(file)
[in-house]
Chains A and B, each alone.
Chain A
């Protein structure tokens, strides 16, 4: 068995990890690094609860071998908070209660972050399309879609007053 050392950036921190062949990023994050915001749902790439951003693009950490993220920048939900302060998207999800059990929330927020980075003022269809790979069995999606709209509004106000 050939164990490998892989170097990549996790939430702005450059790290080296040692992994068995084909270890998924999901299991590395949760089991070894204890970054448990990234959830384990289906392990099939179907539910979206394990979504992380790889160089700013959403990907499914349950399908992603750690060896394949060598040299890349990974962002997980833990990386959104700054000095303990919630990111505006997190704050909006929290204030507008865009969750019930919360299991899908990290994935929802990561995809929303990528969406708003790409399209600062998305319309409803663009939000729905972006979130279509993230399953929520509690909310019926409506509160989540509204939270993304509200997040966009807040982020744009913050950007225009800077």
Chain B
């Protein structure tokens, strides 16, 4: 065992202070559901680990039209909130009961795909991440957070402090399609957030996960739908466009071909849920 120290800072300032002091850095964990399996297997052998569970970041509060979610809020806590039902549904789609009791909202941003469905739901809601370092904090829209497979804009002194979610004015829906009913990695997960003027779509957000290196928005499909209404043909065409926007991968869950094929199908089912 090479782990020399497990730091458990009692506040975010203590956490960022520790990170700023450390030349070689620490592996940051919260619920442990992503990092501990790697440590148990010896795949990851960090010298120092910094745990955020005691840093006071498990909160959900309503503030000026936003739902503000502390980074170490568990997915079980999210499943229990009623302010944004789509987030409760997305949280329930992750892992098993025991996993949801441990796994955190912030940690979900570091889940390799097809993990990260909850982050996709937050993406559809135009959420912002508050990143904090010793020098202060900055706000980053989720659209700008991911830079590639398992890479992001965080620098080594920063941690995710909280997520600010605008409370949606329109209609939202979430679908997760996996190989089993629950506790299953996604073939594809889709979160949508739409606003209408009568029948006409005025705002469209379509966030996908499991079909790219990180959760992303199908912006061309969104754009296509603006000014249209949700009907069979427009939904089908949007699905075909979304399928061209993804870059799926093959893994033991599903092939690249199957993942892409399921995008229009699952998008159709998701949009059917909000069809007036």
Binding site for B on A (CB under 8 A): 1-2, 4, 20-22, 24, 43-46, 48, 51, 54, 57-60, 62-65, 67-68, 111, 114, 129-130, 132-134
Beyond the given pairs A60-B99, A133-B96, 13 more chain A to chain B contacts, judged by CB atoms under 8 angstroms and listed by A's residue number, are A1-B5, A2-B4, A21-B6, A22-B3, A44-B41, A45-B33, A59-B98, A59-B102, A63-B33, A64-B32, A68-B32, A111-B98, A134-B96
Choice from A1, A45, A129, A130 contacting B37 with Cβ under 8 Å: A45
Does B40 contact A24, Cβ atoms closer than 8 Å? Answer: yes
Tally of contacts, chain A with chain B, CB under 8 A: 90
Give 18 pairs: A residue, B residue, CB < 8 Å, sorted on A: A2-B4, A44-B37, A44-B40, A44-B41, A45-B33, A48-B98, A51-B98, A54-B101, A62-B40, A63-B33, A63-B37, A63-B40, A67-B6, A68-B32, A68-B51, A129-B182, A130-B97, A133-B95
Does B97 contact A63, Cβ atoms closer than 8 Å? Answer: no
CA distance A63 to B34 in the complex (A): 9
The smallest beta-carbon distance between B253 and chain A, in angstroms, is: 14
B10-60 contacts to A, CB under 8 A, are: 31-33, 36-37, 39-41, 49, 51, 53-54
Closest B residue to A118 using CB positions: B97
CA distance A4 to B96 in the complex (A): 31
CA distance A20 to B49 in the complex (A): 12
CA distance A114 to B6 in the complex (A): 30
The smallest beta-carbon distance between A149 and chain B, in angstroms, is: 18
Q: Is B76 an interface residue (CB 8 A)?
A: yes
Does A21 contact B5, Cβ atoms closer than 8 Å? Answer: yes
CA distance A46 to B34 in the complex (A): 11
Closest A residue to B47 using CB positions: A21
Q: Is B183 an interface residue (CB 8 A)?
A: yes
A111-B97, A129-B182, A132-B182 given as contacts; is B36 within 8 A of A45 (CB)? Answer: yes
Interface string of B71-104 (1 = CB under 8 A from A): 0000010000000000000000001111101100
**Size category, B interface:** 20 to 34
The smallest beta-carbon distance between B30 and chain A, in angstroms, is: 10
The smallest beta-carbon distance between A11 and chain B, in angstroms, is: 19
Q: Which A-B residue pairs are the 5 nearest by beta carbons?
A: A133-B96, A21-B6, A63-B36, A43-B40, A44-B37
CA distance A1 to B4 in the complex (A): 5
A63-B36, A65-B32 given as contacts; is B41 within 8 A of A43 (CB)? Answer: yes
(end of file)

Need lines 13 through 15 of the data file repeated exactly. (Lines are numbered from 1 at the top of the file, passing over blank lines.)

Does B97 contact A63, Cβ atoms closer than 8 Å? Answer: no
CA distance A63 to B34 in the complex (A): 9
The smallest beta-carbon distance between B253 and chain A, in angstroms, is: 14